A Library Straddling the Border is Giving Immigrant Families a Safe Place to Reunite

An Iranian family at the Haskell library on the US-Canada border. Courtesy of Yeganeh Torbati/Reuters

For many immigrants affected by the Trump administration’s travel ban, the Haskell Free Library and Opera House, a library straddling the US-Canada border, has become an unlikely haven. Families can meet there without risking being detained or prevented from returning to the US.
“This is a neutral area,” says Sina Dadsetan, an Iranian living in Canada who traveled to the library on the Quebec-Vermont border to meet his sister, who lives in the United States.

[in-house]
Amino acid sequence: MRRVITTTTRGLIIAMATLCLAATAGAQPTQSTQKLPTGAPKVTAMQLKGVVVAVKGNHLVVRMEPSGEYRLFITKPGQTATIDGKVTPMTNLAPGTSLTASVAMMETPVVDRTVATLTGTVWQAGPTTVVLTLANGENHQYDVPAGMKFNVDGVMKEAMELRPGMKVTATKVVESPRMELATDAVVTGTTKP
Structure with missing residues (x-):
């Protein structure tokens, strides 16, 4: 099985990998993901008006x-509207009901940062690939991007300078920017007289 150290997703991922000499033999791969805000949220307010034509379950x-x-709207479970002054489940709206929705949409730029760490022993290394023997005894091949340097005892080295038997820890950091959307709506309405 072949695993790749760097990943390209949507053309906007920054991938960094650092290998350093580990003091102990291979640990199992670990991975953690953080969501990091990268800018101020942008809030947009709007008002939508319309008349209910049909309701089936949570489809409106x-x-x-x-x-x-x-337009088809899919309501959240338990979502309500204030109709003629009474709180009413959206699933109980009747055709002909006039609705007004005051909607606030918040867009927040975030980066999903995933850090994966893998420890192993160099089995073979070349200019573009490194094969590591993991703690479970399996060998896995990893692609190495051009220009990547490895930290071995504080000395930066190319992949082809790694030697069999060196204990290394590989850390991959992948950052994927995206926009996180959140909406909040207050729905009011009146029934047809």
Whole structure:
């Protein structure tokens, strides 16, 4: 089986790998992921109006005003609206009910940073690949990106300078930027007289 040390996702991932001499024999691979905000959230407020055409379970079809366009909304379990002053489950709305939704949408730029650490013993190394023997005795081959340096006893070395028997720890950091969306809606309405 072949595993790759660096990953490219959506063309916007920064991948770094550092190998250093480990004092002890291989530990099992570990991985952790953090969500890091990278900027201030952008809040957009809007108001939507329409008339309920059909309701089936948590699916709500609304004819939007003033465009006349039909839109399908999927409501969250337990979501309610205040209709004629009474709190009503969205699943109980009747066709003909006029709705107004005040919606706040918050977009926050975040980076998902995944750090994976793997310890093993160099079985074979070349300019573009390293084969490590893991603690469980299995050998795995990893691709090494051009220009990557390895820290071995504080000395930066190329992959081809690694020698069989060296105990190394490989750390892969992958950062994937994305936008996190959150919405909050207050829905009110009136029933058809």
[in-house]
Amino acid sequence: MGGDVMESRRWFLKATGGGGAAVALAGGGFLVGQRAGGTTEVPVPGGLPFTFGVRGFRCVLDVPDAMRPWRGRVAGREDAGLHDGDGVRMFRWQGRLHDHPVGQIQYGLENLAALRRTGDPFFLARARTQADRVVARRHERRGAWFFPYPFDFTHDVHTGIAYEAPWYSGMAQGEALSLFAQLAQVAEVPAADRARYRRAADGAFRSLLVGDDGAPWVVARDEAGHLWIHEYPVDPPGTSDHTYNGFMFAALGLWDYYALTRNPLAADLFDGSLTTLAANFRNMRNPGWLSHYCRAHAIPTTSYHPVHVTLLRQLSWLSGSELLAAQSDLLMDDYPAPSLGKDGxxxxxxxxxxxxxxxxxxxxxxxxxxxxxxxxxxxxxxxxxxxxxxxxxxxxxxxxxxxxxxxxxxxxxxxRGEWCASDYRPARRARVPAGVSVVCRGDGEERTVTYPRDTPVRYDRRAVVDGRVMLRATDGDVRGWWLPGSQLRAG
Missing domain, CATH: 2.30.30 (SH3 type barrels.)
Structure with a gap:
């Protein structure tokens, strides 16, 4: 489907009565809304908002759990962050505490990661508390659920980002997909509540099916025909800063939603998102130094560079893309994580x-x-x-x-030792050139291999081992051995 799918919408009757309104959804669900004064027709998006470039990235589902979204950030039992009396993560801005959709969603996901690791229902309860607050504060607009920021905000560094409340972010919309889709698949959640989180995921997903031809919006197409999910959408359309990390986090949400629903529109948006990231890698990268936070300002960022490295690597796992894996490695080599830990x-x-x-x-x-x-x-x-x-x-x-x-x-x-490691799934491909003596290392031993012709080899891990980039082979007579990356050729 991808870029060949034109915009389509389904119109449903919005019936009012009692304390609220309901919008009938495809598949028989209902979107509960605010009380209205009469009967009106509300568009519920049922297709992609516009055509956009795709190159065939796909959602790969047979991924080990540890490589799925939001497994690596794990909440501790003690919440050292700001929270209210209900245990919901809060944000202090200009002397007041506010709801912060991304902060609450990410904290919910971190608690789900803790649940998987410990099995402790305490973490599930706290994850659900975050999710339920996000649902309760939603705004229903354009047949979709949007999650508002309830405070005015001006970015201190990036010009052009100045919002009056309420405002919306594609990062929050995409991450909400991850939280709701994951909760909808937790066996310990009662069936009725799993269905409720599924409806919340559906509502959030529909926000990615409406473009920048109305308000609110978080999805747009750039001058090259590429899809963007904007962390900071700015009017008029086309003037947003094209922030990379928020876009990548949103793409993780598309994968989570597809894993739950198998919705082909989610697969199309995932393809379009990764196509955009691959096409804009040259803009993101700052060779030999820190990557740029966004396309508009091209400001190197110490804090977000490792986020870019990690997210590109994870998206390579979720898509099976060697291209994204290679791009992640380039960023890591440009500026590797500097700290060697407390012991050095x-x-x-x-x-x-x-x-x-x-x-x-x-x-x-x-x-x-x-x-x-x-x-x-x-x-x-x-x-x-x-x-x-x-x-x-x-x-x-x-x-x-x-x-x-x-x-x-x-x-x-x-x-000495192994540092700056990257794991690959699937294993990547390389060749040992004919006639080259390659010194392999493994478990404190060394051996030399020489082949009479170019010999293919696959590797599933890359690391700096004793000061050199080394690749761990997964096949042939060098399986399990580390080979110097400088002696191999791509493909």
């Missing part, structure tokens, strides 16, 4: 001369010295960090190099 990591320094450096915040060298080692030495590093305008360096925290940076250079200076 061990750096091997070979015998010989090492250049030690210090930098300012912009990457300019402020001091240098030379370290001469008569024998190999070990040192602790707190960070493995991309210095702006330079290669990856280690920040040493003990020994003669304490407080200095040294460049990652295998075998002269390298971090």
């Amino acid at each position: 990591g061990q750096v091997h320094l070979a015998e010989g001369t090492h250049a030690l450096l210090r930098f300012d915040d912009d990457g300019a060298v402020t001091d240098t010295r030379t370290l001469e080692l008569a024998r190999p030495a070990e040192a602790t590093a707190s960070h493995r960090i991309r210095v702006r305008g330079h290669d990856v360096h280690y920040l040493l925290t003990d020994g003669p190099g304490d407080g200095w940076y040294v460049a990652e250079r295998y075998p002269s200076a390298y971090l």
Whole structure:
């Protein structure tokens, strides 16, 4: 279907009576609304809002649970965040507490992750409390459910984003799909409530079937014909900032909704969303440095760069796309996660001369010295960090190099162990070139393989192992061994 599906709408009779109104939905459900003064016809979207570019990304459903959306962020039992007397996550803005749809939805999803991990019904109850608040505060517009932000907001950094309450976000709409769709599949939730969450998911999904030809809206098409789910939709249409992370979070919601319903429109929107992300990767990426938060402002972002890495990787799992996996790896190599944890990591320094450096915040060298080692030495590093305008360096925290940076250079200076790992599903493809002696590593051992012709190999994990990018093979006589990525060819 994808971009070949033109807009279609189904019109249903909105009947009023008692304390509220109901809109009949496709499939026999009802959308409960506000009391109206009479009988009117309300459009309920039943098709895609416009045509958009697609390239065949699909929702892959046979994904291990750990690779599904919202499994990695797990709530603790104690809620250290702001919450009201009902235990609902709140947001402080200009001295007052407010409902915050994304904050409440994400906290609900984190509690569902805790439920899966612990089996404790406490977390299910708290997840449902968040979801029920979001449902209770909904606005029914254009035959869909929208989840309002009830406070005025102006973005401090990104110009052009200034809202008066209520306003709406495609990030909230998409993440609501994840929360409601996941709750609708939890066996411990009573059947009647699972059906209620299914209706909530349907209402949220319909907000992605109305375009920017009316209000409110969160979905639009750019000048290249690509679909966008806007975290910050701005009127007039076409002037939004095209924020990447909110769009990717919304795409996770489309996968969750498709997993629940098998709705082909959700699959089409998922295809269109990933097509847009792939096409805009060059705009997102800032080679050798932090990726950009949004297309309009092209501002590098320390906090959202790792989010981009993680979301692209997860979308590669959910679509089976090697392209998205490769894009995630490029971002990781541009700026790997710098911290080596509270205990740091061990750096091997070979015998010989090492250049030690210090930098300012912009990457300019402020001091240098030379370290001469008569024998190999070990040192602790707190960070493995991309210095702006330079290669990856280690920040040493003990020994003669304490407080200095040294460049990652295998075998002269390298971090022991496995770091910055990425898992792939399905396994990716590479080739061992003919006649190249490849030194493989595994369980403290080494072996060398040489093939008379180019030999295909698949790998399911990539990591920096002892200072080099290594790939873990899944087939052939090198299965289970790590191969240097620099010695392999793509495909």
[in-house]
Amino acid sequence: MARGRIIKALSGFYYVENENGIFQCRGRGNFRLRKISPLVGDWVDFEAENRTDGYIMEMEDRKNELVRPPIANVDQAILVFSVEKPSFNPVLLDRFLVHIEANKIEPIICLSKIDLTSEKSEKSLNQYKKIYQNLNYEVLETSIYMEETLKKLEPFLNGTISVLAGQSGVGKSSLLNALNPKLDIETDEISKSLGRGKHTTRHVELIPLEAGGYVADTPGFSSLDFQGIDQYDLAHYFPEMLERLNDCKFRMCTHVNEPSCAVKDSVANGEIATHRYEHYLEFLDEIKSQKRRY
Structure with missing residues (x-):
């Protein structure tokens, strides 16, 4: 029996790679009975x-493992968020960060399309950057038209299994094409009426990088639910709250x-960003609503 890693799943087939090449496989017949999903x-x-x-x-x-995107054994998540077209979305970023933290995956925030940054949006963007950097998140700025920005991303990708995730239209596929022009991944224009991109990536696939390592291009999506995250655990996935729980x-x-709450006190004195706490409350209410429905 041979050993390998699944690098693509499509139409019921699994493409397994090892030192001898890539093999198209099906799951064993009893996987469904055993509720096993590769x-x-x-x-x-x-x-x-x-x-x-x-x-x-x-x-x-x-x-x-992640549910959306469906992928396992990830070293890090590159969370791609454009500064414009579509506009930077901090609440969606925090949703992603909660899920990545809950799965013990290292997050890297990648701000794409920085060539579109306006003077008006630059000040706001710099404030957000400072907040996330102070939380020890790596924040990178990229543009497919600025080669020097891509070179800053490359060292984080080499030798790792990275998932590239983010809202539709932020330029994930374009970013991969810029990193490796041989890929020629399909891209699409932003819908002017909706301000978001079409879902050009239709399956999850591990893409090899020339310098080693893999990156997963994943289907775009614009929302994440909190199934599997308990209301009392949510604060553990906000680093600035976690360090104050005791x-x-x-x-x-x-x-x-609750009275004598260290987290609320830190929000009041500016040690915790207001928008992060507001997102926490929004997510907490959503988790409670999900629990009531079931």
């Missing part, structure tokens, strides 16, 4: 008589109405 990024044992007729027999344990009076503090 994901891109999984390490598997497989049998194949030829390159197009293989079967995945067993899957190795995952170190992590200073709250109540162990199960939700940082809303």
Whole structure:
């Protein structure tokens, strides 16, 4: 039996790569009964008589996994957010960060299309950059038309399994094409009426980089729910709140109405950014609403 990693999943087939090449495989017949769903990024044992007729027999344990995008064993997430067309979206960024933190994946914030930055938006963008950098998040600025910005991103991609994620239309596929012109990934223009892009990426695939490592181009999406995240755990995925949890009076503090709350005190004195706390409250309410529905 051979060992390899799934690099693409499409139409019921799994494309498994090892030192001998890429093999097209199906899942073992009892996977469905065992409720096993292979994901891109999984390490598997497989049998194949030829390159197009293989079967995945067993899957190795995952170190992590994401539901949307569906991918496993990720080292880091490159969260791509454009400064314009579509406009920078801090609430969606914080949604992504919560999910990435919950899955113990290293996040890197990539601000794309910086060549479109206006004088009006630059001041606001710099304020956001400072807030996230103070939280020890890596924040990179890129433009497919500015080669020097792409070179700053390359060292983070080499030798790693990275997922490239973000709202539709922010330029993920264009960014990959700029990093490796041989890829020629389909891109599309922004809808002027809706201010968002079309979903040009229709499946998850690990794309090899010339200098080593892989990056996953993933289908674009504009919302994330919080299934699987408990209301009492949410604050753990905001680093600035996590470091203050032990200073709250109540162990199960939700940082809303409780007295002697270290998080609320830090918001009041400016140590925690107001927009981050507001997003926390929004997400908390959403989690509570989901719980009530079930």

The library has separate parking lots in each nation, but just one entrance.
“You don’t need your passport. You park on your side, I’ll park on my side, but we’re all going to walk in the same door,” former library board member Susan Granfors told Reuters.
For Iranian student Shirin Estahbanati, the six-hour drive north from New York City was the first opportunity she had to see her parents in almost three years.
“The time I was just hugging my parents,” Estahbanati told Reuters, “I was thinking, I wish I could stop all clocks all over the world.”
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